Practitioners who incorporate natural wonder into their practice will do much better, have a much better time, and be much more fun to be around than those who don’t. Reconnect with that effortless wonder that children have about themselves and their world. If things get dark, difficult, painful, dull, lifeless, heartless, frustrating, edgy, or boring, reconnect with this meaning of the word rapture and see if you can find something amazing about every moment: you will be glad you did.

Spiritual practice can also produce all kinds of odd experiences, some of which can be very intense, bizarre, and far out. This is the second common connotation of the word “rapture”, and these experiences are commonly referred to in this and other traditions as “raptures”. So, when the word is in the singular, “rapture”, this means being enraptured with your sensate world. It can also mean an upwelling of pleasant euphoria, as we will see in the section that maps concentration states. However, when I use the word in the plural, “raptures”, this means strange meditation side effects. Some of these experiences that I will refer to generically as raptures might be pleasant, some may be weird, and some might completely suck.

All the strange physical sensations, pains, pleasures, movements, visions, lights, perception distortions, energetic phenomena, muscle tensions, etc., which may or may not show up as a result of spiritual practice are all just raptures. Repeat, just raptures. Don’t get hung up on them or spin stories out of them, as compelling as they can be, and don’t think that they are required or a mark of authenticity or spiritual superiority either: they are not. The sensations that make them up come, go, don’t satisfy, and ain’t you. Most are just byproducts of meditation and strong concentration. Some produce zero wisdom. Some can be disorienting and troubling. Some, of course, can provide deep insights into the truth of things, but don’t get stuck on these. Many of these lessons show up once and never again.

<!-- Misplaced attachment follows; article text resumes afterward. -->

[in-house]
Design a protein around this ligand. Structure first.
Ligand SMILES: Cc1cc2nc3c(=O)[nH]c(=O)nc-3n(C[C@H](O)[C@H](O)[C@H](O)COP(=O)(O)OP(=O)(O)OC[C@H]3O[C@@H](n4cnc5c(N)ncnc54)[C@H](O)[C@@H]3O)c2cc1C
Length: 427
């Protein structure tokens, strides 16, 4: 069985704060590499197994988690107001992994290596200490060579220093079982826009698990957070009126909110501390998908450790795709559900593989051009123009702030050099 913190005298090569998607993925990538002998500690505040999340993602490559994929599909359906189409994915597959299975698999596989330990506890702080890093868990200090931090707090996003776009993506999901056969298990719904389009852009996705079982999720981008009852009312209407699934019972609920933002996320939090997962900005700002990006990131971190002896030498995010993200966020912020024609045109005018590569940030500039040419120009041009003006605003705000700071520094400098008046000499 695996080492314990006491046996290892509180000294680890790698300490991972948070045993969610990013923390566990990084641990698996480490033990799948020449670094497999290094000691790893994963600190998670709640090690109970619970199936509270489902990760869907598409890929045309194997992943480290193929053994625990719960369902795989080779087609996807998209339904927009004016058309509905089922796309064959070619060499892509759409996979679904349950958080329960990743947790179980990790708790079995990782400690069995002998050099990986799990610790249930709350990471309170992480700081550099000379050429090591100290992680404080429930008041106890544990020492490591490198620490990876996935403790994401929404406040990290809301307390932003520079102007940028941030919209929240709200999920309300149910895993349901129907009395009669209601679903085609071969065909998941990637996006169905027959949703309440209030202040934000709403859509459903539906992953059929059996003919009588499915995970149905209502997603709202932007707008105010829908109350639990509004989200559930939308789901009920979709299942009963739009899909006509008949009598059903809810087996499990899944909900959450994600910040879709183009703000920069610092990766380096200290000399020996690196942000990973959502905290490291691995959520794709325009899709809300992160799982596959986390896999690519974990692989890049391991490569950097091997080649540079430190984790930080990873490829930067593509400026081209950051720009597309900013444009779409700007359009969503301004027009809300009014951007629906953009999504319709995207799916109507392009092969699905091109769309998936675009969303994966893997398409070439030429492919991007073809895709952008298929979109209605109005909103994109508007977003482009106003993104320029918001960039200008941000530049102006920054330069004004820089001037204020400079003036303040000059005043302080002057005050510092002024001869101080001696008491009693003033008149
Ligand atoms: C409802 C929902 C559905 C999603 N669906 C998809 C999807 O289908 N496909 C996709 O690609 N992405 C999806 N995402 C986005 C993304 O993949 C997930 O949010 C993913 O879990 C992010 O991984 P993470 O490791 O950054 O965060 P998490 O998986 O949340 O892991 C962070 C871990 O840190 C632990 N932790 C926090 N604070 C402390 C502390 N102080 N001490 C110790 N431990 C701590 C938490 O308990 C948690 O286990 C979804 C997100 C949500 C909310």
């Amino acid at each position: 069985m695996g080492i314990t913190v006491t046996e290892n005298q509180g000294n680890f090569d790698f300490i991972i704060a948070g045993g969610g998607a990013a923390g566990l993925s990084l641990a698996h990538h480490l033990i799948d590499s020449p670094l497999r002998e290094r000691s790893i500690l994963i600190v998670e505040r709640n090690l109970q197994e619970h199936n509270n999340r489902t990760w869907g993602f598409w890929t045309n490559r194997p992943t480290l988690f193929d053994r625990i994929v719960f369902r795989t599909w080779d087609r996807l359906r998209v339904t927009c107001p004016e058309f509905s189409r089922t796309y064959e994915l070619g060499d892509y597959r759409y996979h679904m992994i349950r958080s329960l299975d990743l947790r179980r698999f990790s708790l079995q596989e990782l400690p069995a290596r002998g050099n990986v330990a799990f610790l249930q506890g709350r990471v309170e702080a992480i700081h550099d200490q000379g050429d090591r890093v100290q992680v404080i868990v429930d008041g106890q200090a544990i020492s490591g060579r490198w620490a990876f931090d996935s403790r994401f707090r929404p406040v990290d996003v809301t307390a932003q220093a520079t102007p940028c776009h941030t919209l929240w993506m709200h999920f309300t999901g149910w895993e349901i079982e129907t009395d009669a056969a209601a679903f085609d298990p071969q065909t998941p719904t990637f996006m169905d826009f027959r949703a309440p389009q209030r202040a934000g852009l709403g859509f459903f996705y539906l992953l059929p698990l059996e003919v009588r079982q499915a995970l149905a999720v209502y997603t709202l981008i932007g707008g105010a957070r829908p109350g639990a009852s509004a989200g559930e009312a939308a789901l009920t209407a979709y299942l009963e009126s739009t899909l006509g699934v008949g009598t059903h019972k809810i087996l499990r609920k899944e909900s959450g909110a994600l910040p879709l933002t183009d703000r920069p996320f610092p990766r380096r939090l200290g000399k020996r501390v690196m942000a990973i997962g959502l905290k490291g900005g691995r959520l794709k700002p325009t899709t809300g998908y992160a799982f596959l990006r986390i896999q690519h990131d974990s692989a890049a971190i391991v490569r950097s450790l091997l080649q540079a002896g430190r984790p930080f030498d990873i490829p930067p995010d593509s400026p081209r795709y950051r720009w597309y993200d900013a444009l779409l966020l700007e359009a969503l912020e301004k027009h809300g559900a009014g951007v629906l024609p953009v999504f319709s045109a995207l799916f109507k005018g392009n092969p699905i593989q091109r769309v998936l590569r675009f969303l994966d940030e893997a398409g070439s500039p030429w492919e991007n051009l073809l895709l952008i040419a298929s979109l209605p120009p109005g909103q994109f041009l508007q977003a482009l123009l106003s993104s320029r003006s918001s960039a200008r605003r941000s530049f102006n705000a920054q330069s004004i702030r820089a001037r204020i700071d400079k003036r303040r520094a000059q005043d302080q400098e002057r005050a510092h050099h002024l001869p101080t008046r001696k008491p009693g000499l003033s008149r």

Some people can get so serious and fixated on suffering that they fight the pleasant raptures and even cling to the difficult ones. Don’t do this! The joy and pleasure that may arise in meditation have wonderful healing aspects to them, and can lead to deep tranquility, concentration, and equanimity, which are all good things that support further practice. On the other hand, you don’t want to cling to pleasant states either, as you will just get stuck and be frustrated when they end, which they always do. In general, if you try to fight or cling to raptures you will get stuck, and if you can accept them as they are, you will benefit. See equanimity at the end of this list, as well as the expertly written chapter nine of A Path with Heart, by Jack Kornfield, whose whole book is well worth reading.

This is a good place for me to mention the concept of vedana, a Pali word that relates to the degree of pleasantness, unpleasantness, or neutrality of a sensation. We have no similar word in English (and probably not in whatever language you might be reading this in), so perhaps we should just use the word vedana as it is. If we pay too much exclusive attention to sensations that are pleasant, unpleasant, or neutral, while ignoring the other sensations going on at that time, we are likely to miss many opportunities for insight. Preoccupation with pleasant sensations can cause us to become vapid bliss-junkies. Preoccupation with unpleasant sensations can cause us to become dark and depressed. Preoccupation with neutral sensations can cause us to become dull and emotionally flat. (Thanks to Christopher Titmuss, one of my more important meditation teachers, for the inspiration for this paragraph.)